I like old fashion whodunits, especially ones set in small towns and villages. Part of the appeal, I guess, is that as cliché as it may seem, there is always an underbelly to small town life, a darkness that is usually covered up or ignored by the folks that live within its limits.
That was part of the appeal for me to finally get around to Irish author Tana French’s debut 2007 novel In the Woods.
“As dusk approaches a small Dublin suburb in the summer of 1984, mothers begin to call their children home. But on this warm evening, three children do not return from the dark and silent woods. When the police arrive, they find only one of the children gripping a tree trunk in terror, wearing blood-filled sneakers, and unable to recall a single detail of the previous hours.
“Twenty years later, the found boy, Adam Rob Ryan (and now using his middle name), is a detective on the Dublin Murder Squad and keeps his past a secret. But when a twelve-year-old girl is found murdered in the same woods, he and Detective Cassie Maddox—his partner and closest friend—find themselves investigating a case chillingly similar to the previous unsolved mystery. Now, with only snippets of long-buried memories to guide him, Ryan has the chance to uncover both the mystery of the case before him and that of his own shadowy past.”
There is a lot of darkness here, and French’s prose is strong, descriptive and well executed. Rob and Cassie are fully realized, three dimensional humans who feel familiar, yet remain cagey and eccentric. But the book also features an unreliable narrator, ("What I am telling you, before you begin my story, is this - two things: I crave truth. And I lie") which takes getting used to.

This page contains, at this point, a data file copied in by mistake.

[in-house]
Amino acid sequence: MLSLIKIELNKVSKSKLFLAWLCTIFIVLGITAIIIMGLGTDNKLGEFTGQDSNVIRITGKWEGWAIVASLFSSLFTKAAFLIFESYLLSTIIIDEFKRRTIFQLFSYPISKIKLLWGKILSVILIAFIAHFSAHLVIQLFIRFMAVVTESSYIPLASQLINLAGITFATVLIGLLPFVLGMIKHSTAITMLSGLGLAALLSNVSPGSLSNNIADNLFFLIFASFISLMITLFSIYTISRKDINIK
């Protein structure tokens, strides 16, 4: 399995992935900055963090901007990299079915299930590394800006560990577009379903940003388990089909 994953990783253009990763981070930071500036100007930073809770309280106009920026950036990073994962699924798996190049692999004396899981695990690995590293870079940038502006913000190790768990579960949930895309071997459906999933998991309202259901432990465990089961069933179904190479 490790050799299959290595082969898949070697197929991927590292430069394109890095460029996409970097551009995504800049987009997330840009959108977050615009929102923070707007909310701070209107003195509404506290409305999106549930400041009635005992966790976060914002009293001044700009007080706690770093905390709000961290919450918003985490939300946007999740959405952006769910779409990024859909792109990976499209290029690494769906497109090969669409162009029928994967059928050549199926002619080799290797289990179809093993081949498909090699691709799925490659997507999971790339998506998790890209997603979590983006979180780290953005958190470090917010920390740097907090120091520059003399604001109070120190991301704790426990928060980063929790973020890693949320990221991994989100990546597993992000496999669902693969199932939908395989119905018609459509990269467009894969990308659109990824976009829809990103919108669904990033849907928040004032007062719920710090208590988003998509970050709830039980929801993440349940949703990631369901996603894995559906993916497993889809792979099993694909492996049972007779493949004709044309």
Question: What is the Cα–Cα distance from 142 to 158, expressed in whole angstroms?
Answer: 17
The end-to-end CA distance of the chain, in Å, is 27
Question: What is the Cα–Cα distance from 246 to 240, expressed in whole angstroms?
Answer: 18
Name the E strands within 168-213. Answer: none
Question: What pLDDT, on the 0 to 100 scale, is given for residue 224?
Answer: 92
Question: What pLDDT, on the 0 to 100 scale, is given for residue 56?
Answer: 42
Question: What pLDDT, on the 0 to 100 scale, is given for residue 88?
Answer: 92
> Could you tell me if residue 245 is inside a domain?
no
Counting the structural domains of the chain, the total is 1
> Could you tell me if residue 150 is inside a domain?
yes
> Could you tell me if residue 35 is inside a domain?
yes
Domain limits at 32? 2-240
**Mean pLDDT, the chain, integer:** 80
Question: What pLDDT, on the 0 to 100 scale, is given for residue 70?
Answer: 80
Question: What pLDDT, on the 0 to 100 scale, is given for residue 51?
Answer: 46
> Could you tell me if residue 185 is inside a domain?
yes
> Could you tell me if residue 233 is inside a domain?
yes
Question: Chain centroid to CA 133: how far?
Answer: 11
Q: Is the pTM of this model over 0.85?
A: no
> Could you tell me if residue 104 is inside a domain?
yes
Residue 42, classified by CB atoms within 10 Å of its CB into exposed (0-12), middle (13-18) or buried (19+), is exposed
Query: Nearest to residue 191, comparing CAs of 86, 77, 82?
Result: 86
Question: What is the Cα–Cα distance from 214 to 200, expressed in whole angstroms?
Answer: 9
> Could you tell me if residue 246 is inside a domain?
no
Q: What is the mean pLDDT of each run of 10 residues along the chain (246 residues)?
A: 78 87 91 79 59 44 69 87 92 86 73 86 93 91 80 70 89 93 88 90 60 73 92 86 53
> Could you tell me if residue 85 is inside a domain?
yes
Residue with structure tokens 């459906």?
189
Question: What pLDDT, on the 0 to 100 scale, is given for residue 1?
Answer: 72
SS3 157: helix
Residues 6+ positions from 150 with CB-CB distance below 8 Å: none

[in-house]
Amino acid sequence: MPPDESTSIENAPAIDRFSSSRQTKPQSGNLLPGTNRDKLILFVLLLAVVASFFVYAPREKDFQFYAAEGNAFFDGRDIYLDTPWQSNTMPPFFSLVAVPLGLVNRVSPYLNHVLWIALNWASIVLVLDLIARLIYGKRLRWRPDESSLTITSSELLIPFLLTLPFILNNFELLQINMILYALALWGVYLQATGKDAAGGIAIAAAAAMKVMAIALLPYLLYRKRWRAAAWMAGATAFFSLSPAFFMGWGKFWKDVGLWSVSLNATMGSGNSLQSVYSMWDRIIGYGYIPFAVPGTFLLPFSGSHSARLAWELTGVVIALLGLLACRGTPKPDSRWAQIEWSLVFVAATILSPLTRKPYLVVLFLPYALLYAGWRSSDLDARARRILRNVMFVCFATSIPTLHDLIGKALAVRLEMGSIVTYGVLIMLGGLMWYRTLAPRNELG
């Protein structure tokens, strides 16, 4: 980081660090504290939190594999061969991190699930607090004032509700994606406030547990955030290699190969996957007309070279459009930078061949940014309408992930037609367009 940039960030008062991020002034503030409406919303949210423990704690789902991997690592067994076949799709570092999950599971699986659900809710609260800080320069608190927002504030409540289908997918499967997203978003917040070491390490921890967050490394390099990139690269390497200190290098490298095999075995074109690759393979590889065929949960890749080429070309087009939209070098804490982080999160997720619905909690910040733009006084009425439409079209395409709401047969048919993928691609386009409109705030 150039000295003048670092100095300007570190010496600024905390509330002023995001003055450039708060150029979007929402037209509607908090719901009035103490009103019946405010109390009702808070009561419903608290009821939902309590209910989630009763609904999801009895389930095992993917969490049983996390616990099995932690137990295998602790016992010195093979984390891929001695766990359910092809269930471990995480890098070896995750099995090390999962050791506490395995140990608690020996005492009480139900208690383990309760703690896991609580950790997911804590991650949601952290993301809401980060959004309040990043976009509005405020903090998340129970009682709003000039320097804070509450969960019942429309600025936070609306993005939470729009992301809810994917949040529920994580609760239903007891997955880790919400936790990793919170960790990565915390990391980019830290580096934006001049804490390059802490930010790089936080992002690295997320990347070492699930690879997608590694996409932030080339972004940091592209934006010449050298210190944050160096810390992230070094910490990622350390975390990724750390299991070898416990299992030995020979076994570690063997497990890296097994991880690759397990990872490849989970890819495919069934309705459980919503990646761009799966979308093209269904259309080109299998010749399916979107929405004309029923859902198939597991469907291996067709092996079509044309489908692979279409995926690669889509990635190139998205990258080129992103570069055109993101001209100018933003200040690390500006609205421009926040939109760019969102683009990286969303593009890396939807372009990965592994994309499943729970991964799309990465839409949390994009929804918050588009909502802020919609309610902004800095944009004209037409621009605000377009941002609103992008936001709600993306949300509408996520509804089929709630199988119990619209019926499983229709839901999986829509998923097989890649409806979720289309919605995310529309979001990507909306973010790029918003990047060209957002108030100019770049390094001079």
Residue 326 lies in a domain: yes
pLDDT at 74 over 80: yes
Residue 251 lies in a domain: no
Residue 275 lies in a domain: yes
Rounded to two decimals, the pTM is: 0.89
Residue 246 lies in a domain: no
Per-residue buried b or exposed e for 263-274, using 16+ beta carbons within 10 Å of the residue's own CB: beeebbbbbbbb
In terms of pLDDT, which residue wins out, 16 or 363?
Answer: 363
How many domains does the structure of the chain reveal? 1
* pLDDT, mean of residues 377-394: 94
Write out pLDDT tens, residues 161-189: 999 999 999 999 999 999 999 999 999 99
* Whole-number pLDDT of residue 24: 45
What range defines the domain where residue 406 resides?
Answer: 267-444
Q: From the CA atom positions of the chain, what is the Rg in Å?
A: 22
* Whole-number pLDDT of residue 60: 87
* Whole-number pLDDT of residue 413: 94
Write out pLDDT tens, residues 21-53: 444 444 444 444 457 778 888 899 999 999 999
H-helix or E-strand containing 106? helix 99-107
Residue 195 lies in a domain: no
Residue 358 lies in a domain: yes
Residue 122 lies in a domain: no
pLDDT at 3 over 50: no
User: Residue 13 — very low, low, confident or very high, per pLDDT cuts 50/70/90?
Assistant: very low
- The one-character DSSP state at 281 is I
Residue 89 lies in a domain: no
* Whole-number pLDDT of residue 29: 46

Most of the time, I felt that Rob’s memory lapses of his childhood (especially since he tells the reader repeatedly he has excellent recollection of things) was a red herring, but at least by the books end, we get some revelation into what happened in 1984. But that turned out be more of a disappointing “maguffin” as the books murder mystery (with its lurid, Law & Order, ripped from the headlines ending) took over the last 60 pages or so of the novel. Plus, by then, Rob had become an annoying, very whiny, very pedantic, inept detective.
Plus, why does no one recognize him? Sure he and his family moved away from Knocknaree, and he’s 32 instead of 12, and has changed, but he could’ve not changed that much where the folks (99% whom still live there) would not catch on (which also begs the question of how even his commanding officer, an stereotypical Irish cop who shouts and hates complicated things like a murder that has shades of gray versus the good old black and white, would not know his background either) that Rob Ryan was indeed Adam Ryan.
I agree that book is gorgeously written, and the characters are very well crafted and sympathetic, but I felt cheated in the end. I dislike authors who do this because there is no indication that this was the start of a new series –at least in 2007- when it was released State side. I’m guessing in her follow up novel, The Likeness, we get another look into Rob’s past. But from what I read, it focuses on Cassie mostly.